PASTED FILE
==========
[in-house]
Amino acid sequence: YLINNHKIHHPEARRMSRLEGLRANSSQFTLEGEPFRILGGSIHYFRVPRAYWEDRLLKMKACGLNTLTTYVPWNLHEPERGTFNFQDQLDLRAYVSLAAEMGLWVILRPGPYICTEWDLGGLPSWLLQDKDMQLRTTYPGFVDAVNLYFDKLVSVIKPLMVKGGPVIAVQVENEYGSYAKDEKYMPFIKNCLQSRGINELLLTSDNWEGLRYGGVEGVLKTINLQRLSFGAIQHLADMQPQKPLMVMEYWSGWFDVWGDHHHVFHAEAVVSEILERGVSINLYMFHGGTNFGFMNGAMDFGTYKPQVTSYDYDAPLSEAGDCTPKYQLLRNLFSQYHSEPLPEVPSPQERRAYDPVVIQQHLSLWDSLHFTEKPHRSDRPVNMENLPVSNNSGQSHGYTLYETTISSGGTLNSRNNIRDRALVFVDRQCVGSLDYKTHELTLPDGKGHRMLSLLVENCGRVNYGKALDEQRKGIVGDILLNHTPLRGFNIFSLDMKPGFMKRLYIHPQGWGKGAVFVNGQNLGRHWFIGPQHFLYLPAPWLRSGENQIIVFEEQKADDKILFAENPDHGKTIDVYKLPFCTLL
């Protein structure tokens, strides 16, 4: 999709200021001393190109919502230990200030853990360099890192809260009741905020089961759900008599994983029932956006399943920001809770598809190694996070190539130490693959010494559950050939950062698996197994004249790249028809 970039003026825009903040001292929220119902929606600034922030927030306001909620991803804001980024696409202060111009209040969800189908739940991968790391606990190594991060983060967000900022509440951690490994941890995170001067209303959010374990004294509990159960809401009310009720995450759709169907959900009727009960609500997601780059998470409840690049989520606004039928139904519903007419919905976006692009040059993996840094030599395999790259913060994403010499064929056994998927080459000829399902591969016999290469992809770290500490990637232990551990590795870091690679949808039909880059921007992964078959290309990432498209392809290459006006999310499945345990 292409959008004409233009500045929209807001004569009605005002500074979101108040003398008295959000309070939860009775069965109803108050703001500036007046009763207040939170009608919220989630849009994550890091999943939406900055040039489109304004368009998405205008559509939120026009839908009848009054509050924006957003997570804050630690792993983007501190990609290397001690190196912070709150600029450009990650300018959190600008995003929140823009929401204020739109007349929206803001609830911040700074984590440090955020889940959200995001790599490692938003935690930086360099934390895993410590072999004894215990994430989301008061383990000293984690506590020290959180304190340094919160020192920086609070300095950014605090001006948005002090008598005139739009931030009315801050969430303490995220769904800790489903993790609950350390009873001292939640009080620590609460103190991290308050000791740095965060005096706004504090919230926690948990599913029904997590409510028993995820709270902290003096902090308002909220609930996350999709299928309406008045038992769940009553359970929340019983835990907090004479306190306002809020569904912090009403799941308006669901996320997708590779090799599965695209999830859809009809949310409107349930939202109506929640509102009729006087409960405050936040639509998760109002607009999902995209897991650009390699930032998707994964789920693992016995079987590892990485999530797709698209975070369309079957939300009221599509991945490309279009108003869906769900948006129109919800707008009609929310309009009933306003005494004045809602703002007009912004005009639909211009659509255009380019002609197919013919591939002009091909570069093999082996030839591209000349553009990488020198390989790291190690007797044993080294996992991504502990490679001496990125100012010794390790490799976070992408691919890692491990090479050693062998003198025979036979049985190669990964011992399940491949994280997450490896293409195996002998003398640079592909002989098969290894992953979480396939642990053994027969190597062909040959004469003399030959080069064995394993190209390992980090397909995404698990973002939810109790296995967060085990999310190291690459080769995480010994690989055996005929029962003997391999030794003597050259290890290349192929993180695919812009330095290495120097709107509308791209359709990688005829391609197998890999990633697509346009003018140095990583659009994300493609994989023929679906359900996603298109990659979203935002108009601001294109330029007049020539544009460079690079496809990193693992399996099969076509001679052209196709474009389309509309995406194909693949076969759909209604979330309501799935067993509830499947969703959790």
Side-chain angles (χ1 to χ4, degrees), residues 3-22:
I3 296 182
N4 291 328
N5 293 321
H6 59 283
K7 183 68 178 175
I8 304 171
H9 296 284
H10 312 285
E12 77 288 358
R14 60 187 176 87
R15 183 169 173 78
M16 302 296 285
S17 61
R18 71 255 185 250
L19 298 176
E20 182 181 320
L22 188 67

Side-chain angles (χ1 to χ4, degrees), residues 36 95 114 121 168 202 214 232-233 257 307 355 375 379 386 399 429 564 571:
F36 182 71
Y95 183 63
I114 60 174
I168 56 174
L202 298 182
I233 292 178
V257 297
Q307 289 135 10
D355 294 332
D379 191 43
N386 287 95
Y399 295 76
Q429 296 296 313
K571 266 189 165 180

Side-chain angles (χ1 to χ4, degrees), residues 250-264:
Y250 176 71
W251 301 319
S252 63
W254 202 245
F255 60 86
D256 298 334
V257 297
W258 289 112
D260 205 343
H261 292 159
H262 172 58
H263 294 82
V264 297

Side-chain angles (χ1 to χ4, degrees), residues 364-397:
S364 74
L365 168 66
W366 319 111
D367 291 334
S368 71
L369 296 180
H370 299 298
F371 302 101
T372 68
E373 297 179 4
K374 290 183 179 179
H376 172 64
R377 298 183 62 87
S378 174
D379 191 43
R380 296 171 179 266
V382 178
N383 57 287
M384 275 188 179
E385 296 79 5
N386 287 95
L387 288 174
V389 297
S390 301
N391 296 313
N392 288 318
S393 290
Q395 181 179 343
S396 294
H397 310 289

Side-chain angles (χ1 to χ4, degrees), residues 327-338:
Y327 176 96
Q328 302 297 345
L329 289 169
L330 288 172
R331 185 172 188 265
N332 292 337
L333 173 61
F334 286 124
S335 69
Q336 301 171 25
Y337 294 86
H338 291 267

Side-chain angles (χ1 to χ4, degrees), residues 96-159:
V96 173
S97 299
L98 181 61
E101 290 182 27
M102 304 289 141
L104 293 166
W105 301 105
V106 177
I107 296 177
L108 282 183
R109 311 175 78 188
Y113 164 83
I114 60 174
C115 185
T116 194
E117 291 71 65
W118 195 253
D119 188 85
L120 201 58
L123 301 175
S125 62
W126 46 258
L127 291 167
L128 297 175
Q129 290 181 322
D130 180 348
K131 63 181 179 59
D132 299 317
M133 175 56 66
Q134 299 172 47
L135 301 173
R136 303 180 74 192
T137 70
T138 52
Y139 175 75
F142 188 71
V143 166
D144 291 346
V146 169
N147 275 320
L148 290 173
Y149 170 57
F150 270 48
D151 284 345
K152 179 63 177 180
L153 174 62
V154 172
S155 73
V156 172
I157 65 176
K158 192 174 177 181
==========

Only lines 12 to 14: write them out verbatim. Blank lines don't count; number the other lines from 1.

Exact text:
H10 312 285
E12 77 288 358
R14 60 187 176 87